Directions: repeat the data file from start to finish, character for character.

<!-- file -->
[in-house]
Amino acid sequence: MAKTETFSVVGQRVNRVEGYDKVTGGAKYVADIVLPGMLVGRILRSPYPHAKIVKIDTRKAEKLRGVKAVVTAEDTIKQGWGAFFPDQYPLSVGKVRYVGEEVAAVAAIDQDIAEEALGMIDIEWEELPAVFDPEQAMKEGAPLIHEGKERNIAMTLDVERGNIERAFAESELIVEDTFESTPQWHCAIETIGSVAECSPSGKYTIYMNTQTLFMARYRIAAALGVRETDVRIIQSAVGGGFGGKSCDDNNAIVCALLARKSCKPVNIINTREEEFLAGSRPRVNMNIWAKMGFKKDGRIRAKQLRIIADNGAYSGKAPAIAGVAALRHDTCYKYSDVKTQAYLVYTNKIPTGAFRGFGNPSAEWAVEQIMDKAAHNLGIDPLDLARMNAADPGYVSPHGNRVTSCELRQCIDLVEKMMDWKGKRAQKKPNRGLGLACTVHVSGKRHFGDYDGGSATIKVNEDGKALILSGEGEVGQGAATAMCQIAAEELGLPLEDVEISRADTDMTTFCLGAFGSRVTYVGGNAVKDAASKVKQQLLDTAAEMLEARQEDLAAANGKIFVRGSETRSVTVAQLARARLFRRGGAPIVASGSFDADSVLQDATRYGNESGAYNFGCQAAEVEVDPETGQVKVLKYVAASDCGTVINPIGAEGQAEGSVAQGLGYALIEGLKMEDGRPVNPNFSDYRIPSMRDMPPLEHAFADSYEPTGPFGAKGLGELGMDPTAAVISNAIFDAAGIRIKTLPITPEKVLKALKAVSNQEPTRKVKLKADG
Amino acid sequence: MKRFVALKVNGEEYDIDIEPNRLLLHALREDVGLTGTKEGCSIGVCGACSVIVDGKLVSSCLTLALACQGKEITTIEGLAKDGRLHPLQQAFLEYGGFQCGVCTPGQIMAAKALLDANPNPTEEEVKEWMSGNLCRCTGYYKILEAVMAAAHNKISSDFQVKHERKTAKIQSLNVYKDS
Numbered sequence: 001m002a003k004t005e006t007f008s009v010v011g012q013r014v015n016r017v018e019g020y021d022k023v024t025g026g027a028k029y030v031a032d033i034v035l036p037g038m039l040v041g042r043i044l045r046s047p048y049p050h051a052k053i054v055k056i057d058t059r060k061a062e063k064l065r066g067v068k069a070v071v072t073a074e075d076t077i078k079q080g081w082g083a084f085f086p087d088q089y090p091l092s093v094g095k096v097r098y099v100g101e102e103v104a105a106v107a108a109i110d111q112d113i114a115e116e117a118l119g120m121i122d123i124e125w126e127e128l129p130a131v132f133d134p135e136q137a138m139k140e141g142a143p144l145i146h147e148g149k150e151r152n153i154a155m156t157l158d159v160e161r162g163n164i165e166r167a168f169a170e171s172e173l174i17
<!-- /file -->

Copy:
[in-house]
Amino acid sequence: MAKTETFSVVGQRVNRVEGYDKVTGGAKYVADIVLPGMLVGRILRSPYPHAKIVKIDTRKAEKLRGVKAVVTAEDTIKQGWGAFFPDQYPLSVGKVRYVGEEVAAVAAIDQDIAEEALGMIDIEWEELPAVFDPEQAMKEGAPLIHEGKERNIAMTLDVERGNIERAFAESELIVEDTFESTPQWHCAIETIGSVAECSPSGKYTIYMNTQTLFMARYRIAAALGVRETDVRIIQSAVGGGFGGKSCDDNNAIVCALLARKSCKPVNIINTREEEFLAGSRPRVNMNIWAKMGFKKDGRIRAKQLRIIADNGAYSGKAPAIAGVAALRHDTCYKYSDVKTQAYLVYTNKIPTGAFRGFGNPSAEWAVEQIMDKAAHNLGIDPLDLARMNAADPGYVSPHGNRVTSCELRQCIDLVEKMMDWKGKRAQKKPNRGLGLACTVHVSGKRHFGDYDGGSATIKVNEDGKALILSGEGEVGQGAATAMCQIAAEELGLPLEDVEISRADTDMTTFCLGAFGSRVTYVGGNAVKDAASKVKQQLLDTAAEMLEARQEDLAAANGKIFVRGSETRSVTVAQLARARLFRRGGAPIVASGSFDADSVLQDATRYGNESGAYNFGCQAAEVEVDPETGQVKVLKYVAASDCGTVINPIGAEGQAEGSVAQGLGYALIEGLKMEDGRPVNPNFSDYRIPSMRDMPPLEHAFADSYEPTGPFGAKGLGELGMDPTAAVISNAIFDAAGIRIKTLPITPEKVLKALKAVSNQEPTRKVKLKADG
Amino acid sequence: MKRFVALKVNGEEYDIDIEPNRLLLHALREDVGLTGTKEGCSIGVCGACSVIVDGKLVSSCLTLALACQGKEITTIEGLAKDGRLHPLQQAFLEYGGFQCGVCTPGQIMAAKALLDANPNPTEEEVKEWMSGNLCRCTGYYKILEAVMAAAHNKISSDFQVKHERKTAKIQSLNVYKDS
Numbered sequence: 001m002a003k004t005e006t007f008s009v010v011g012q013r014v015n016r017v018e019g020y021d022k023v024t025g026g027a028k029y030v031a032d033i034v035l036p037g038m039l040v041g042r043i044l045r046s047p048y049p050h051a052k053i054v055k056i057d058t059r060k061a062e063k064l065r066g067v068k069a070v071v072t073a074e075d076t077i078k079q080g081w082g083a084f085f086p087d088q089y090p091l092s093v094g095k096v097r098y099v100g101e102e103v104a105a106v107a108a109i110d111q112d113i114a115e116e117a118l119g120m121i122d123i124e125w126e127e128l129p130a131v132f133d134p135e136q137a138m139k140e141g142a143p144l145i146h147e148g149k150e151r152n153i154a155m156t157l158d159v160e161r162g163n164i165e166r167a168f169a170e171s172e173l174i17